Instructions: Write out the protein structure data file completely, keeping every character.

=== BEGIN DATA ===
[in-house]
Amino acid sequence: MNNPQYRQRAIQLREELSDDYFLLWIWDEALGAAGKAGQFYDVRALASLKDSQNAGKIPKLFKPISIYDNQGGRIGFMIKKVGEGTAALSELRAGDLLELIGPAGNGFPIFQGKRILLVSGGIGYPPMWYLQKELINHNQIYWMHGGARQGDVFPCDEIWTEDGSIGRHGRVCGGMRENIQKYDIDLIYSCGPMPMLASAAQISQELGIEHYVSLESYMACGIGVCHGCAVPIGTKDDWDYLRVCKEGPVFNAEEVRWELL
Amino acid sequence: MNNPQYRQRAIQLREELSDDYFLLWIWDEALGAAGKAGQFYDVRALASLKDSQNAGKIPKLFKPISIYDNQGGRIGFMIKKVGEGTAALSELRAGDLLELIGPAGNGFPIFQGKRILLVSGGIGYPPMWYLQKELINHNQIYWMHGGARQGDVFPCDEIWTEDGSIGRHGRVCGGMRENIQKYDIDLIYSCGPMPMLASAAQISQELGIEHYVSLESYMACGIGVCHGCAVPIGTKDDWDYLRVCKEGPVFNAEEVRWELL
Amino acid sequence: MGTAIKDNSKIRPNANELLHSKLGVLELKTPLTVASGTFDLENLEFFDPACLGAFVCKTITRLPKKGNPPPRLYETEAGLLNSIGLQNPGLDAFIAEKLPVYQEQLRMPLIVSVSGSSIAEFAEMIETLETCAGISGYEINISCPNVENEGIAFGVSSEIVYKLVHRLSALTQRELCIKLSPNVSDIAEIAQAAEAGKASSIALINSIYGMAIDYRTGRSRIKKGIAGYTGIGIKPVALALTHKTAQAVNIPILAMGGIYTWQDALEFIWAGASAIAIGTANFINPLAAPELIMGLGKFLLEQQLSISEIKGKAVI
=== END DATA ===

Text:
[in-house]
Amino acid sequence: MNNPQYRQRAIQLREELSDDYFLLWIWDEALGAAGKAGQFYDVRALASLKDSQNAGKIPKLFKPISIYDNQGGRIGFMIKKVGEGTAALSELRAGDLLELIGPAGNGFPIFQGKRILLVSGGIGYPPMWYLQKELINHNQIYWMHGGARQGDVFPCDEIWTEDGSIGRHGRVCGGMRENIQKYDIDLIYSCGPMPMLASAAQISQELGIEHYVSLESYMACGIGVCHGCAVPIGTKDDWDYLRVCKEGPVFNAEEVRWELL
Amino acid sequence: MNNPQYRQRAIQLREELSDDYFLLWIWDEALGAAGKAGQFYDVRALASLKDSQNAGKIPKLFKPISIYDNQGGRIGFMIKKVGEGTAALSELRAGDLLELIGPAGNGFPIFQGKRILLVSGGIGYPPMWYLQKELINHNQIYWMHGGARQGDVFPCDEIWTEDGSIGRHGRVCGGMRENIQKYDIDLIYSCGPMPMLASAAQISQELGIEHYVSLESYMACGIGVCHGCAVPIGTKDDWDYLRVCKEGPVFNAEEVRWELL
Amino acid sequence: MGTAIKDNSKIRPNANELLHSKLGVLELKTPLTVASGTFDLENLEFFDPACLGAFVCKTITRLPKKGNPPPRLYETEAGLLNSIGLQNPGLDAFIAEKLPVYQEQLRMPLIVSVSGSSIAEFAEMIETLETCAGISGYEINISCPNVENEGIAFGVSSEIVYKLVHRLSALTQRELCIKLSPNVSDIAEIAQAAEAGKASSIALINSIYGMAIDYRTGRSRIKKGIAGYTGIGIKPVALALTHKTAQAVNIPILAMGGIYTWQDALEFIWAGASAIAIGTANFINPLAAPELIMGLGKFLLEQQLSISEIKGKAVI